Fighting broke out on 10 December between opposition factions in the Jandares district of Afrin in northern Aleppo governorate due to a dispute over a house located in the town.
Fighters from the NourEddine Al-Zanki group, which is part of the National Liberation Front (NLF), detained a displaced person from East Ghouta who refused to evacuate a house that he had occupied in Jandares. In response, fighters from the Cham Liberation Army, which includes men from East Ghouta, attacked a NourEddine Al-Zanki military base. NourEddine Al-Zanki includes fighters who were forcibly displaced from the rural western part of the Aleppo province in early 2019 by the hard-line Islamist Hayat Tahrir Al-Sham group.
The dispute quickly developed into armed clashes between the two sides, leading to the deaths of four fighters. The fighting did not stop until forces from the National Army intervened, forcing the two sides to cease fire. The National Army operates in northern Aleppo, while the National Liberation Front operates in Idlib. Both are funded by Turkey and represent an umbrella of various factions.
Infighting between rebel factions is common in Afrin, mostly due to disputes over the homes and properties of Kurdish residents from the area who have been displaced. Those homes are now occupied by people displaced to Afrin from other parts of Syria. The factions’ harassment of the current occupants, and attempts to seize the homes, do not specifically target displaced people from East Ghouta, but rather represent a policy that extends to all current residents of Afrin—whether they are from East Ghouta or elsewhere.
All the factions have economic offices to manage the properties of residents displaced from Afrin, especially those belonging to people affiliated with the Kurdish People’s Protection Units (YPG), or those who cooperated with them. These economic offices have taken stock of and invested in the properties of displaced Kurdish residents, compelling the current occupants of these properties—who are themselves displaced from other areas of Syria—to pay monthly rents. Usually, the factions impose monthly rents of 100-200 Turkish liras, or the equivalent amount in SYP. Occupants who refuse to pay and do not vacate the property are faced with arrest.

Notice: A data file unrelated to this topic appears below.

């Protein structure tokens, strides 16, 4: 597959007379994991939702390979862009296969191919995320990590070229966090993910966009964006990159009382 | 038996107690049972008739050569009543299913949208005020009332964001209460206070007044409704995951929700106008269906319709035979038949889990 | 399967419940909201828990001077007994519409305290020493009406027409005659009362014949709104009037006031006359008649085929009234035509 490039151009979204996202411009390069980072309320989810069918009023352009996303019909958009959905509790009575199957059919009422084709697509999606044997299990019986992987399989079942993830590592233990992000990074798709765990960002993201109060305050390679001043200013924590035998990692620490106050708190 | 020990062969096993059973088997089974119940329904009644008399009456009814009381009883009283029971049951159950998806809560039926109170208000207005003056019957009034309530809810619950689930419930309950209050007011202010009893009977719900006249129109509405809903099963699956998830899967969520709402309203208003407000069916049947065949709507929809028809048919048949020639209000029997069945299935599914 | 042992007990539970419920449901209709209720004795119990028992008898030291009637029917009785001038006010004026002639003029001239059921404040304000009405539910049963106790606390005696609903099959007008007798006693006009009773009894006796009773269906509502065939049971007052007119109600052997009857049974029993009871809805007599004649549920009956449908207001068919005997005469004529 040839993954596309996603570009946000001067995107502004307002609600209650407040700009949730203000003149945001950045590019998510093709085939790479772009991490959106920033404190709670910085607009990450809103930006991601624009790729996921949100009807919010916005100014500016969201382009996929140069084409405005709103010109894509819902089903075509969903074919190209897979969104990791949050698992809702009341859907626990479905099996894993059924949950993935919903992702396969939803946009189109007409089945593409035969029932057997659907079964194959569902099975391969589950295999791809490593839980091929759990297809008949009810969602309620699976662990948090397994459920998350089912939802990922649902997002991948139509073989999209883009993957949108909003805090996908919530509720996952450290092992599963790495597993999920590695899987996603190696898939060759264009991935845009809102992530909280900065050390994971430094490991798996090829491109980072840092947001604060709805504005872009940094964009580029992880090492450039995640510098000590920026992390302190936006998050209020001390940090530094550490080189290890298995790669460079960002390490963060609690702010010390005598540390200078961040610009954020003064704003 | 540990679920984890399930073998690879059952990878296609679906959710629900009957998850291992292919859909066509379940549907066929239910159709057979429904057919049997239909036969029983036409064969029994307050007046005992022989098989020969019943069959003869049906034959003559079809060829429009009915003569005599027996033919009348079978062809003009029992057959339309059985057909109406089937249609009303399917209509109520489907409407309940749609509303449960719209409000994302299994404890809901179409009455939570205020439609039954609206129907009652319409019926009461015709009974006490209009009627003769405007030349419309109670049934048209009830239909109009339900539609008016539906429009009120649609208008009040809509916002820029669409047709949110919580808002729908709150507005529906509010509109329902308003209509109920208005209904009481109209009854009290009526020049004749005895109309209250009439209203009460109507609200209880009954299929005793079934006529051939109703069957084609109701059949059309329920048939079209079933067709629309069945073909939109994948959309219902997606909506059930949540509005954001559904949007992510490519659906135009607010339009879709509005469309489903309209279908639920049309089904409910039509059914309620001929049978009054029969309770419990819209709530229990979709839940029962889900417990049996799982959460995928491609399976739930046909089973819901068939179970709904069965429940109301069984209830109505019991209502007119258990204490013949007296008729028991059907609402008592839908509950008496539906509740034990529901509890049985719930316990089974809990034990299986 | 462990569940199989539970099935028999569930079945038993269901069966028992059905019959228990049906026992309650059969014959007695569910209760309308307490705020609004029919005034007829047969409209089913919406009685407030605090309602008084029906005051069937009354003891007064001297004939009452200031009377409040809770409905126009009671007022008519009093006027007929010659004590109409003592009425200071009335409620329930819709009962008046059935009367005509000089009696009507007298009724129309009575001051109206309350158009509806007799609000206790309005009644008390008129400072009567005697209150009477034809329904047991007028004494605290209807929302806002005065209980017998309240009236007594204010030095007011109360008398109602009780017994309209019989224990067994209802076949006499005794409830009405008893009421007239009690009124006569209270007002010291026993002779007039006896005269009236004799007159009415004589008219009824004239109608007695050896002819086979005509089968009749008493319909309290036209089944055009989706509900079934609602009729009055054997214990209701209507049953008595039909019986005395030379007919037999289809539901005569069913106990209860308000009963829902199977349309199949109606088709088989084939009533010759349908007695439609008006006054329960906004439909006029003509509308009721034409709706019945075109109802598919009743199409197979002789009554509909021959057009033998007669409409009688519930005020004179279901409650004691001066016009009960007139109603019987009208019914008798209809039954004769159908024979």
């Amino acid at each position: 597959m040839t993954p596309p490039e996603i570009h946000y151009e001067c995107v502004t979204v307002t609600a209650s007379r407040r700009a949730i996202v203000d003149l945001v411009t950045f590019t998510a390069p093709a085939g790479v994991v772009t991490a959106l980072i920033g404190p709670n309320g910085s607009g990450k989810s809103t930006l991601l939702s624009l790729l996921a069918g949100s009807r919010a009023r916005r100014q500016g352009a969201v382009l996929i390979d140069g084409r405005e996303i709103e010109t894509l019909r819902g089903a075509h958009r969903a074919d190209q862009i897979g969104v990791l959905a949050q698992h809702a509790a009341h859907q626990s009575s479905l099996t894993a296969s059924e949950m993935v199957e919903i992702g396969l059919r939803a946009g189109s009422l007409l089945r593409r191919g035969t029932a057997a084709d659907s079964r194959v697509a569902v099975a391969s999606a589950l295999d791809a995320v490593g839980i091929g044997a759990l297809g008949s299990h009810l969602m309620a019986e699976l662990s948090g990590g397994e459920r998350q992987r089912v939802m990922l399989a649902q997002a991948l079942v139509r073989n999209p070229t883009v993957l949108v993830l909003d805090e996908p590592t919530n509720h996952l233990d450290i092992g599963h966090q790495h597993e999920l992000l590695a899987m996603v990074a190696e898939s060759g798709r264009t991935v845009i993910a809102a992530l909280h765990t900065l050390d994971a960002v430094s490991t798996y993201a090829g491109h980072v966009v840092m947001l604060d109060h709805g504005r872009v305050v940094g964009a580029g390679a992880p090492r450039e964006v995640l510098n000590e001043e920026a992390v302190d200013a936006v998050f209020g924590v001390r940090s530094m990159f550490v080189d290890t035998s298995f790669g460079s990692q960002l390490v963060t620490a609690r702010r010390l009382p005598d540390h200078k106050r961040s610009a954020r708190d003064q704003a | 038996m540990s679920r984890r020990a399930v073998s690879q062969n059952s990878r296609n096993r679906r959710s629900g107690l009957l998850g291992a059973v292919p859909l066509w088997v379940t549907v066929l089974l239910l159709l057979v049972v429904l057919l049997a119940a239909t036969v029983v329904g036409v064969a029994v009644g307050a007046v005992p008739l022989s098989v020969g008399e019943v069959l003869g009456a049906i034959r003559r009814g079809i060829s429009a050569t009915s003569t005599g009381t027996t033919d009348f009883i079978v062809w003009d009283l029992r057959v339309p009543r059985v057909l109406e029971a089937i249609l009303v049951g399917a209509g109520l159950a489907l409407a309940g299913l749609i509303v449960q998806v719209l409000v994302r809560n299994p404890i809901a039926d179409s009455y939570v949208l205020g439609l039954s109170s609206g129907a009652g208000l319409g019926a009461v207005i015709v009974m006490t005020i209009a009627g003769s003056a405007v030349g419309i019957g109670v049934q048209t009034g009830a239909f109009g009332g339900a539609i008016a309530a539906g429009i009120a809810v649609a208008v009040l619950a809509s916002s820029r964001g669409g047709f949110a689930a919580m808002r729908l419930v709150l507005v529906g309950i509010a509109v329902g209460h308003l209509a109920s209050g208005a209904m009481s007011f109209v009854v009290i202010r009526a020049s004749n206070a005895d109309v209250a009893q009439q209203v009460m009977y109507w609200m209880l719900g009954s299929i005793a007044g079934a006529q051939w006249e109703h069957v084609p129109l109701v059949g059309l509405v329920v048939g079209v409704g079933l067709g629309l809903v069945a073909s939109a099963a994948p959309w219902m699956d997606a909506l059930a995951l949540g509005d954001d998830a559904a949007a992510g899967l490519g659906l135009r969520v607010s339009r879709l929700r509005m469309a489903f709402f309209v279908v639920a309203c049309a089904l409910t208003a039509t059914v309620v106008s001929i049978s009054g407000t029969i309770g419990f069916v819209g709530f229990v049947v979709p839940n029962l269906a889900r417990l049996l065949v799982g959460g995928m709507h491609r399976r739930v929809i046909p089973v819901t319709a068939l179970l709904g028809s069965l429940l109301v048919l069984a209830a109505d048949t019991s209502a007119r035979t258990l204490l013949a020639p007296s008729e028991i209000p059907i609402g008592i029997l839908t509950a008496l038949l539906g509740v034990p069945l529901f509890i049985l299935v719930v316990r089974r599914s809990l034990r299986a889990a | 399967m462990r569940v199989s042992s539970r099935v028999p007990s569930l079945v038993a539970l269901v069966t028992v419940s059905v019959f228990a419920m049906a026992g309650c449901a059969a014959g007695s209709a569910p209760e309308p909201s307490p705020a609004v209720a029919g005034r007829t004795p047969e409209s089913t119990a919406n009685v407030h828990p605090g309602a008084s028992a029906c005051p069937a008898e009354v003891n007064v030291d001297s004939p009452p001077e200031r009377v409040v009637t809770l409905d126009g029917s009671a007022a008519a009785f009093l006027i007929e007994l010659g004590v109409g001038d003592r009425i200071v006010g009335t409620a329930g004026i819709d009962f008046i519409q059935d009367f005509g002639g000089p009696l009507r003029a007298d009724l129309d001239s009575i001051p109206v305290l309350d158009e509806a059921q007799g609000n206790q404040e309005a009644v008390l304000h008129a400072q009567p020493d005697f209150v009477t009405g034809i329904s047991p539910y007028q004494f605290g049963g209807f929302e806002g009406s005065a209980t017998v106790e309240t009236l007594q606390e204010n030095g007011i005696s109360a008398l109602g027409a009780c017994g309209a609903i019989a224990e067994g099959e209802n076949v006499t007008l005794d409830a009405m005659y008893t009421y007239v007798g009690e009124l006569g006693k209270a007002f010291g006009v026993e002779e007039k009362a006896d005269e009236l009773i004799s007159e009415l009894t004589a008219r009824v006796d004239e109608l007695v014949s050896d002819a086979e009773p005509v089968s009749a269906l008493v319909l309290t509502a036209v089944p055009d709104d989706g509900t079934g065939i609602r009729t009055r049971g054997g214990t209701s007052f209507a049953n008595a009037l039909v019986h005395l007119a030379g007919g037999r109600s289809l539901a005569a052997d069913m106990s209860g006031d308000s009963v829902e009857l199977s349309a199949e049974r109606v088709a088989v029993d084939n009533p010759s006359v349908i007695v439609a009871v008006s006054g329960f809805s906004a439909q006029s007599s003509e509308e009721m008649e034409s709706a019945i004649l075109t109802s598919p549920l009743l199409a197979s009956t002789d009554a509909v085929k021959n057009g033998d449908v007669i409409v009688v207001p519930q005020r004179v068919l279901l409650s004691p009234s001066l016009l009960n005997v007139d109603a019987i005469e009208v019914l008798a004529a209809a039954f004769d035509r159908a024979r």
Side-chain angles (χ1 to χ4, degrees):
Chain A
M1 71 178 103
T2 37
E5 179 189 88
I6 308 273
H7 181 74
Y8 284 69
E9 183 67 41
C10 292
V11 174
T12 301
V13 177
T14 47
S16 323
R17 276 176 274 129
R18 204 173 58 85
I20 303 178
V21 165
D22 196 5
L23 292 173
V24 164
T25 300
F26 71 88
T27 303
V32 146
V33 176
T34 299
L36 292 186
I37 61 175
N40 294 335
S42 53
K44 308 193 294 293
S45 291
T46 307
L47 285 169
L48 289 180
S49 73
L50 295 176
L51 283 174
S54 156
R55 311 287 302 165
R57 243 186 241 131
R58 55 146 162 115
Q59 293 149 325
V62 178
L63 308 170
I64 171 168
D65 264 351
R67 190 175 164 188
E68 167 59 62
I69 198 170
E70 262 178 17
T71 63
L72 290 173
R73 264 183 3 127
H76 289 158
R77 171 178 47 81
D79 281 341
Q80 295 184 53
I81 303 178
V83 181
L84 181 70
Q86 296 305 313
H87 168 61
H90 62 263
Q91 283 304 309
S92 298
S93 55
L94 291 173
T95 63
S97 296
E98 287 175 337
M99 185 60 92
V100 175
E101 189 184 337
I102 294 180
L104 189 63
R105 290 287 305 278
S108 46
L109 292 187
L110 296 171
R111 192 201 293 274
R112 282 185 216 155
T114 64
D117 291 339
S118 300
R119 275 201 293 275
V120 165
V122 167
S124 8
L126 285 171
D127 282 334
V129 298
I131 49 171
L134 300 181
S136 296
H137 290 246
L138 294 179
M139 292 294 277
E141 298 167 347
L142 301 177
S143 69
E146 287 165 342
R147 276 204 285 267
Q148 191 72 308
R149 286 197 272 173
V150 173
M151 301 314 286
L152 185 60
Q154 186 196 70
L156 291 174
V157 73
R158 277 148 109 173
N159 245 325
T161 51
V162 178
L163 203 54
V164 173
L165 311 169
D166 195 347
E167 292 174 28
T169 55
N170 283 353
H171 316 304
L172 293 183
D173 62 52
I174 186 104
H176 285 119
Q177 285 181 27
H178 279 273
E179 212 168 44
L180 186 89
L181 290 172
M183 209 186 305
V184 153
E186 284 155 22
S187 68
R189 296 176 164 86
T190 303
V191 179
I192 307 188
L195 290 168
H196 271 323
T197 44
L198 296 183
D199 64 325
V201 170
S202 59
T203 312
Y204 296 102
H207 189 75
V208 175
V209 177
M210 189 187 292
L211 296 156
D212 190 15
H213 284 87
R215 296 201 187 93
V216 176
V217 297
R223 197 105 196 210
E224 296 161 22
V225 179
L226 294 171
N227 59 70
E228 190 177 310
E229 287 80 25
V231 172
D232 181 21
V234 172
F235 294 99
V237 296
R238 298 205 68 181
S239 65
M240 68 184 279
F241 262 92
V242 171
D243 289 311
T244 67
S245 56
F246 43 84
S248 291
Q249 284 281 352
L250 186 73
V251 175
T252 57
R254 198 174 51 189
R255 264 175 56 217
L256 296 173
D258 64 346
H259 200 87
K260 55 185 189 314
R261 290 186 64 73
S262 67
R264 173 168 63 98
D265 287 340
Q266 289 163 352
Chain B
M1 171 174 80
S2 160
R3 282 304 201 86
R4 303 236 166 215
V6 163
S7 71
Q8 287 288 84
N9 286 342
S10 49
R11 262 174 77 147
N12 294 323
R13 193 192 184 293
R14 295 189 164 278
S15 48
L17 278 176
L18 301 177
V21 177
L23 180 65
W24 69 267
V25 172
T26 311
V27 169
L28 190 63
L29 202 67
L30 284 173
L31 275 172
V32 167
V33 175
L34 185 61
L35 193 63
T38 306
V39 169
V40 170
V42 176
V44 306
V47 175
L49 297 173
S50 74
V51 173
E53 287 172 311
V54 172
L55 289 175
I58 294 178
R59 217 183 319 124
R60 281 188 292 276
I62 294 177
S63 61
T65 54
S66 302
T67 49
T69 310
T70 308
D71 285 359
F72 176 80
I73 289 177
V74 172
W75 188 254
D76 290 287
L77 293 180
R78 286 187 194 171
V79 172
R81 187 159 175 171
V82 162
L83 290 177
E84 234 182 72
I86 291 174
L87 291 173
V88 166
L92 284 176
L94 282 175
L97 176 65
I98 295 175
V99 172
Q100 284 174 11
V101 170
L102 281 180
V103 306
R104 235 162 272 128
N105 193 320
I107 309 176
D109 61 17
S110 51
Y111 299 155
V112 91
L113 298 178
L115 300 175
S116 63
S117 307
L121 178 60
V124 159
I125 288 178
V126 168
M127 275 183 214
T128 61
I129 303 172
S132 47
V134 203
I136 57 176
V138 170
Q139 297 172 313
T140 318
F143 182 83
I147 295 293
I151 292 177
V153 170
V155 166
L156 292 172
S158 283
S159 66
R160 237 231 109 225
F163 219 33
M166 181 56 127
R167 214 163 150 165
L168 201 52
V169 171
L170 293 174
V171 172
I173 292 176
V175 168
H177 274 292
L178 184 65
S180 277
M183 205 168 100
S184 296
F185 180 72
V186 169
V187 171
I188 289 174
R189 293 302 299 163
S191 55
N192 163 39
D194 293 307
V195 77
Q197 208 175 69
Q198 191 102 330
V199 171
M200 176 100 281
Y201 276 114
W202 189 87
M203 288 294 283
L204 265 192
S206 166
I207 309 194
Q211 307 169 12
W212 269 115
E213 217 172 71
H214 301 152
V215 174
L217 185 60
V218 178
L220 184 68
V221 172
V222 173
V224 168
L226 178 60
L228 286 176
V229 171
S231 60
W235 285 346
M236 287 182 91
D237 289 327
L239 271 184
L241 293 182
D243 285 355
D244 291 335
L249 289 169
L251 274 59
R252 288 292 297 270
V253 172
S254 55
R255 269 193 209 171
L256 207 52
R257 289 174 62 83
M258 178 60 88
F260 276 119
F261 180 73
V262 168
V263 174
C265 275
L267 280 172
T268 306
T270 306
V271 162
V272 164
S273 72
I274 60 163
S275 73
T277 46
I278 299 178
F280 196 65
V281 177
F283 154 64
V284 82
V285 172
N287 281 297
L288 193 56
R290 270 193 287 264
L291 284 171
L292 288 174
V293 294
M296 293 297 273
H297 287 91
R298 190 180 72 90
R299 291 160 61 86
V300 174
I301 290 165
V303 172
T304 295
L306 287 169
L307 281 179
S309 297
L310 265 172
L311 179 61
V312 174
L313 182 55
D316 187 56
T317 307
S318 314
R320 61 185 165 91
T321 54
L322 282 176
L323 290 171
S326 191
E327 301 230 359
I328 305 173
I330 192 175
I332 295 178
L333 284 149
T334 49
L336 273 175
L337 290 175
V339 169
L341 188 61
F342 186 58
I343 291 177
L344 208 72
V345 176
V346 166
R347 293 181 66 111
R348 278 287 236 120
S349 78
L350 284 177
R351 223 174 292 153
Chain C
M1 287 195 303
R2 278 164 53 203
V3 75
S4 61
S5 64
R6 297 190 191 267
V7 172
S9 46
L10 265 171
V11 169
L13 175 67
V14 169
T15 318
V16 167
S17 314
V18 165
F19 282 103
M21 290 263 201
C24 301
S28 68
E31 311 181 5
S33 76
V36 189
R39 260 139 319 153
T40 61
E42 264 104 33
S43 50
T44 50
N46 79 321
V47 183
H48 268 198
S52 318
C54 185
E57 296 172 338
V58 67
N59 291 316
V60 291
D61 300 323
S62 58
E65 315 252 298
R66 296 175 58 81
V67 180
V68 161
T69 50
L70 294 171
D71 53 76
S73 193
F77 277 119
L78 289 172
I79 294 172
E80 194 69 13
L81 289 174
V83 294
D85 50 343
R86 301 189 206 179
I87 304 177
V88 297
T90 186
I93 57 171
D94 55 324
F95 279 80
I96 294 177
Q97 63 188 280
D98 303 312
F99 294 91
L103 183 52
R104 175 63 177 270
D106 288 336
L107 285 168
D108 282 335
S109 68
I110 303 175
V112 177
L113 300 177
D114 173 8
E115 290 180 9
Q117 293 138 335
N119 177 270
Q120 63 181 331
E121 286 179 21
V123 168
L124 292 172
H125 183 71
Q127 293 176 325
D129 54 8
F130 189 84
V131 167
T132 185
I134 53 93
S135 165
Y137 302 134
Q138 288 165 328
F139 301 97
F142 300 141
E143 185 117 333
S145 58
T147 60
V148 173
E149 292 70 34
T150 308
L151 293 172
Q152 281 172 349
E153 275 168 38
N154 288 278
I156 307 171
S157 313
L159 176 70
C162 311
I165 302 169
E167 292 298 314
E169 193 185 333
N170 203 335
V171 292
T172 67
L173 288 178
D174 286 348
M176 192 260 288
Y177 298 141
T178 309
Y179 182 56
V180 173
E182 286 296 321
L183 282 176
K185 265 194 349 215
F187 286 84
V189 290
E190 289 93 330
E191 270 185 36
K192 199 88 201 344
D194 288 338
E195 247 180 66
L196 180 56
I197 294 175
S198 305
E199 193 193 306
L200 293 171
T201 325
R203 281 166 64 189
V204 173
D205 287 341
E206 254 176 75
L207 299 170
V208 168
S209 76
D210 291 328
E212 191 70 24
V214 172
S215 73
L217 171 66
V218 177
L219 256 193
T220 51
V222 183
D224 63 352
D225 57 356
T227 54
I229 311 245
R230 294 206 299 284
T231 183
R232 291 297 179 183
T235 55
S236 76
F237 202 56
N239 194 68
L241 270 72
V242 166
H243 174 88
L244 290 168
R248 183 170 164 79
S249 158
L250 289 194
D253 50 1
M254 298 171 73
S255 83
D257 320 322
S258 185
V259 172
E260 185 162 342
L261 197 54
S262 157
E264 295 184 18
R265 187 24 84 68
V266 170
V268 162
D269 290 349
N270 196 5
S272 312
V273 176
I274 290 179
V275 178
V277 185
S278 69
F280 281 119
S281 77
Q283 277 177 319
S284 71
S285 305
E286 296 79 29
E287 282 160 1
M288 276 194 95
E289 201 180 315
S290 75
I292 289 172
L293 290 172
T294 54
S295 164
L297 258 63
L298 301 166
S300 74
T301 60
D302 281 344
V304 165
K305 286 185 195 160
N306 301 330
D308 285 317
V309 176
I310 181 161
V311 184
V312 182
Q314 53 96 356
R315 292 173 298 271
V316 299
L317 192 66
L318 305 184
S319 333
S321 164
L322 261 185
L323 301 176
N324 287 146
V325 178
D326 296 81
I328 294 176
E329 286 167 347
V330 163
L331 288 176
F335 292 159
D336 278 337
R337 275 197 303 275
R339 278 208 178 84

The Turkish-backed rebel factions took control of Afrin in 2018 as part of the Operation Olive Branch military campaign. The area was divided into different zones of influence. The faction in charge of each zone oversees that area’s security and civilian affairs and is involved in providing public sectors and intervening in the work of local aid organisations and municipal councils. Each faction in charge of a zone has its own administrative, economic and security offices.
Administratively defined by the Syrian government,Afrin is one of the largest areas in the rural parts of the Aleppo governorate. It includes Afrin city and around 340 towns, villages, and farms, which are divided along administrative areas into six districts. Most people displaced to Afrin from East Ghouta live in the sections under the control of Failaq Al-Rahman and Jaish Al-Islam, while fighters from NourEddine Al-Zanki are concentrated in the Jandares district.
The Sultan Suleiman Brigades group, which is part of the National Army, dominates the centre of the Sheikh Al-Hadid district. The group is led by Muhammad Al-Jassem, nicknamed Abu Amsha, who has been accused of carrying out various rights violations against local residents. Displaced people from rural northern and eastern Hama province also live in this area. Meanwhile, Afrin city, where a mixture of displaced people live, is divided between the Jabhat Al-Shamia, Firqat Al-Hamza and Sultan Murad groups.
The result of clashes over a house in Afrin